International Journal of Primatology

, Volume 34, Issue 3, pp 585–614 | Cite as

Diet and Feeding Ecology of Chimpanzees (Pan troglodytes) in Bulindi, Uganda: Foraging Strategies at the Forest–Farm Interface

Article

Abstract

Wild animals increasingly inhabit human-influenced environments such as forest fragments amid agricultural systems. Dietary studies provide a means of assessing wildlife responses to anthropogenic habitat changes. Chimpanzees are specialist frugivores that consume other plant parts, e.g., fibrous pith and leaves, in greater amounts during fruit shortages. I examined the plant diet and seasonal foraging strategies of chimpanzees inhabiting small forest fragments within a cultivated landscape in Uganda. I determined diet over 13 mo via systematic fecal analysis, supplemented by direct observation and feeding trace evidence. I identified important foods and examined their role as seasonal fallbacks. Diet composition and breadth were overall species typical. Chimpanzees were highly frugivorous and the fruit component of fecal samples exceeded that of nonfruit fiber in all months. Forest fruit availability fluctuated seasonally, including a 3-mo low fruiting season, when overall fruit intake declined. During this time chimpanzees pursued a mixed strategy of increasing fiber consumption and feeding more heavily on energy-rich cultivars, including those obtained through crop raiding. The data suggest that exploiting agricultural fruits helped chimpanzees maintain a fruit-dominated diet when forest fruit was scarce. No evidence suggested this disturbed forest–farm mosaic is a food-impoverished habitat for chimpanzees overall. Nevertheless, cultivar feeding creates conflict with people and the high nutritional quality of crops is likely offset by the inherent risk associated with obtaining them. This study adds to growing evidence of ecological and behavioral adaptability of Pan troglodytes in response to anthropogenic habitat alteration. Targeted conservation of key natural foods for wildlife —particularly fallbacks— would help reduce conflicts and improve the survival prospects of threatened species sharing environments with people.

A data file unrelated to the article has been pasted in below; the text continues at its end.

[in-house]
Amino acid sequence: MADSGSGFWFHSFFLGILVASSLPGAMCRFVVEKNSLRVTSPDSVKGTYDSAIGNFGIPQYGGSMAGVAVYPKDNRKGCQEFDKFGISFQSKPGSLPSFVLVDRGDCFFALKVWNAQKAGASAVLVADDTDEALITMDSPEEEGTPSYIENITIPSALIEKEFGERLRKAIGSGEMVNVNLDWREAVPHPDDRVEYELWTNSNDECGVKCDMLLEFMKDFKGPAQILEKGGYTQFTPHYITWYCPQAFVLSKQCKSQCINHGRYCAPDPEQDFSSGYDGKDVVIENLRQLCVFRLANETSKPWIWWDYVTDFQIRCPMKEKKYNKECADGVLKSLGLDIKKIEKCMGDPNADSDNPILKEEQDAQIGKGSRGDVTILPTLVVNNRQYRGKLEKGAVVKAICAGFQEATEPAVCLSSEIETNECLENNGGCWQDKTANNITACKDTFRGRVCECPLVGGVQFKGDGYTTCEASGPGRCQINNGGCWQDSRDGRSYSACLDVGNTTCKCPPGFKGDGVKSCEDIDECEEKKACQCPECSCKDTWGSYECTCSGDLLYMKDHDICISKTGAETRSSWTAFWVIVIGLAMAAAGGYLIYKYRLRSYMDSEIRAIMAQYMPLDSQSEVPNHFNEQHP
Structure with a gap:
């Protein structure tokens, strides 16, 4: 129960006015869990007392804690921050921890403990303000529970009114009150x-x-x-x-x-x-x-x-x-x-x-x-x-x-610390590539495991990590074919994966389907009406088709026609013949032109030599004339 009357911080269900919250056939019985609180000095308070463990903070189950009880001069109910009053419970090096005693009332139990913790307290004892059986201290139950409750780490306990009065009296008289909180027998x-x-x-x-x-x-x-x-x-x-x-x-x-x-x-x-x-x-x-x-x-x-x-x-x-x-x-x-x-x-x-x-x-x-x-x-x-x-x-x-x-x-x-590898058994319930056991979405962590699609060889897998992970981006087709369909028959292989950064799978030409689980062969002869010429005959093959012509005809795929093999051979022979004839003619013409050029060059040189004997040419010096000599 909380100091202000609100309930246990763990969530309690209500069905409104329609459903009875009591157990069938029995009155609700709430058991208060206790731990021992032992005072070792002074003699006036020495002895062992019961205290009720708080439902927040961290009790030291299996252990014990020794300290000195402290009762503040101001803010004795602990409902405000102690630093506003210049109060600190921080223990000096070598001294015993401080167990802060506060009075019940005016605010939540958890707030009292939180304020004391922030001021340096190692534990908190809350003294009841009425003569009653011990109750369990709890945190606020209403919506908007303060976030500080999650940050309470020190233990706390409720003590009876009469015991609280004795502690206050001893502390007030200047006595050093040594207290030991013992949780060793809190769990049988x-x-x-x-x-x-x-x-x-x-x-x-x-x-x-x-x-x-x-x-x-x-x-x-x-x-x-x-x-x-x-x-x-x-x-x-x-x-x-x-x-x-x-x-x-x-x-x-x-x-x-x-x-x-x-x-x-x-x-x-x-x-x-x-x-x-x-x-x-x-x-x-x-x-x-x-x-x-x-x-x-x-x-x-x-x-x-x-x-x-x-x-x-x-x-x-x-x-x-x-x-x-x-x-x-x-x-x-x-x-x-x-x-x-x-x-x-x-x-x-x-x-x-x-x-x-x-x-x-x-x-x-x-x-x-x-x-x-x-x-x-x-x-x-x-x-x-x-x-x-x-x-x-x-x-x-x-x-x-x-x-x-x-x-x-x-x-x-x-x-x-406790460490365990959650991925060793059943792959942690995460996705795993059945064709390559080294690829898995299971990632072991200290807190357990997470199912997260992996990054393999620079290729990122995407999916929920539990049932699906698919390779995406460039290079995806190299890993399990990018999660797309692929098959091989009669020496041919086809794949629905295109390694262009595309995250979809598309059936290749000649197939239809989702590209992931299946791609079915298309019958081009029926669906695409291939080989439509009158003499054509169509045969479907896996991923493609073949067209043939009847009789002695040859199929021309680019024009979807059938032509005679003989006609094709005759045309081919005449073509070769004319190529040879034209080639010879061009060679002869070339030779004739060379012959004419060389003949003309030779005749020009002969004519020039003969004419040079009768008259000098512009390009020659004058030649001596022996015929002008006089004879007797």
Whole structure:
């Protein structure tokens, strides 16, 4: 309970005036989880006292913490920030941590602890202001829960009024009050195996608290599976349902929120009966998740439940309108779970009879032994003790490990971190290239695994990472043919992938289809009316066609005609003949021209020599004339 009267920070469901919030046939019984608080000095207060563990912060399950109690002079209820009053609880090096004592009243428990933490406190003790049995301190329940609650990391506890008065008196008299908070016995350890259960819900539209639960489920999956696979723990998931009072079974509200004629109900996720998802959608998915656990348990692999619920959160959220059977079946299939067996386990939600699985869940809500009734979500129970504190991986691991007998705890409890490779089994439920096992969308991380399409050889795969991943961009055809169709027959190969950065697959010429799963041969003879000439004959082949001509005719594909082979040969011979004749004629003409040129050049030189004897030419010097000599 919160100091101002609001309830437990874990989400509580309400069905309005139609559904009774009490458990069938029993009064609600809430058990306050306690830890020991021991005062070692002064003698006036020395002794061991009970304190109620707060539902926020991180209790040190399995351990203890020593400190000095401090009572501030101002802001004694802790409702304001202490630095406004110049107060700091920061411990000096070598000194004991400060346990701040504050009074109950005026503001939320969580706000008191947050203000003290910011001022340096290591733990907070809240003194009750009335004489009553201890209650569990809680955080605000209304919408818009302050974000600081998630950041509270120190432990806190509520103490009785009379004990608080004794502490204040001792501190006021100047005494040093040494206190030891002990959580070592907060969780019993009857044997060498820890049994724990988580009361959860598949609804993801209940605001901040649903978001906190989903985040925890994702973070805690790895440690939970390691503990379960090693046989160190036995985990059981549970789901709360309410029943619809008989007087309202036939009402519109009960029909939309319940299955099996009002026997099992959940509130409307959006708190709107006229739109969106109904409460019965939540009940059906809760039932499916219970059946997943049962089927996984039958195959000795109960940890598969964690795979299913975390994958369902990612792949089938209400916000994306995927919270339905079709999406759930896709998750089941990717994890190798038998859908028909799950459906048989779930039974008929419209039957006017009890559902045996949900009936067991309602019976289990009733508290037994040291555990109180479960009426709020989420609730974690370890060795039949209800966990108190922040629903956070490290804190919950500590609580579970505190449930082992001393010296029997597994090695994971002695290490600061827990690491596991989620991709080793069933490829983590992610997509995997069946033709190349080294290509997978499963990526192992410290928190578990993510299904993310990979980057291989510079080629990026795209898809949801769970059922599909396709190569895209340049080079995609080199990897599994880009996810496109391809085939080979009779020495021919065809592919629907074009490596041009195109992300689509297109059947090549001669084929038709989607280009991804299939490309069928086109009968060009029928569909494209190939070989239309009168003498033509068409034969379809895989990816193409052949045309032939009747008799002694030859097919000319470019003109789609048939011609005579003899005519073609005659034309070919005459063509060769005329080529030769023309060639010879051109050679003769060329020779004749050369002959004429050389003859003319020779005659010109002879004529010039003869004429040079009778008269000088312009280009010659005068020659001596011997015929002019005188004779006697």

Keywords

Cultivar feeding Diet composition Fallback foods Fecal analysis Forest fragments Frugivory 

Notes

Acknowledgments

I thank the President’s Office, the Uganda National Council for Science and Technology, and the Uganda Wildlife Authority for permission to conduct this research. Dan Balemesa, Gerald Sunday Mayanda, Tom Sabiiti, Moses Ssemahunge, and Jane Stokoe helped collect data in Bulindi. Paul Ssegawa, Ben Kirunda, and Protase Rwaburindore at the Department of Botany Herbarium, Makerere University identified plants. Bulindi Agricultural Research and Development Centre provided meteorological records. The research was funded by an ESRC/NERC interdisciplinary studentship and a Leverhulme Trust award (to C. M. Hill; Project ref: F/00 382/F). The manuscript was greatly improved by comments from Jessica Rothman and three anonymous reviewers.

Supplementary material

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© Springer Science+Business Media New York 2013

Authors and Affiliations

  1. 1.Anthropology Centre for Conservation, Environment and DevelopmentOxford Brookes UniversityOxfordUK

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